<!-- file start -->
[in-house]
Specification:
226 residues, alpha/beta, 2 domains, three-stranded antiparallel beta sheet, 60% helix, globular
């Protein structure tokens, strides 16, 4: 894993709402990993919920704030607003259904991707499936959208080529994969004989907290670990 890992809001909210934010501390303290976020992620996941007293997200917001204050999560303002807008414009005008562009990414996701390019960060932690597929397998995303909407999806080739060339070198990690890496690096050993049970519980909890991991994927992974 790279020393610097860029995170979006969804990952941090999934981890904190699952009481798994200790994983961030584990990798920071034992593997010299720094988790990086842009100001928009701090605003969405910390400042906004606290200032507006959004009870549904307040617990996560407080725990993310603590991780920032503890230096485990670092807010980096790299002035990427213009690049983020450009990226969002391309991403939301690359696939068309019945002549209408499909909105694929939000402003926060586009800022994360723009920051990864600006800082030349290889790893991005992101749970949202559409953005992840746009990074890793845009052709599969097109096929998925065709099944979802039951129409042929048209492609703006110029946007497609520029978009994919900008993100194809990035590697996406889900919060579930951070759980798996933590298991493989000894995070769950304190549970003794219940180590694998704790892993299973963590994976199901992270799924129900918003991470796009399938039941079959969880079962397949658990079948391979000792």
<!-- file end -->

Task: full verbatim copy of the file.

[in-house]
Specification:
226 residues, alpha/beta, 2 domains, three-stranded antiparallel beta sheet, 60% helix, globular
């Protein structure tokens, strides 16, 4: 894993709402990993919920704030607003259904991707499936959208080529994969004989907290670990 890992809001909210934010501390303290976020992620996941007293997200917001204050999560303002807008414009005008562009990414996701390019960060932690597929397998995303909407999806080739060339070198990690890496690096050993049970519980909890991991994927992974 790279020393610097860029995170979006969804990952941090999934981890904190699952009481798994200790994983961030584990990798920071034992593997010299720094988790990086842009100001928009701090605003969405910390400042906004606290200032507006959004009870549904307040617990996560407080725990993310603590991780920032503890230096485990670092807010980096790299002035990427213009690049983020450009990226969002391309991403939301690359696939068309019945002549209408499909909105694929939000402003926060586009800022994360723009920051990864600006800082030349290889790893991005992101749970949202559409953005992840746009990074890793845009052709599969097109096929998925065709099944979802039951129409042929048209492609703006110029946007497609520029978009994919900008993100194809990035590697996406889900919060579930951070759980798996933590298991493989000894995070769950304190549970003794219940180590694998704790892993299973963590994976199901992270799924129900918003991470796009399938039941079959969880079962397949658990079948391979000792």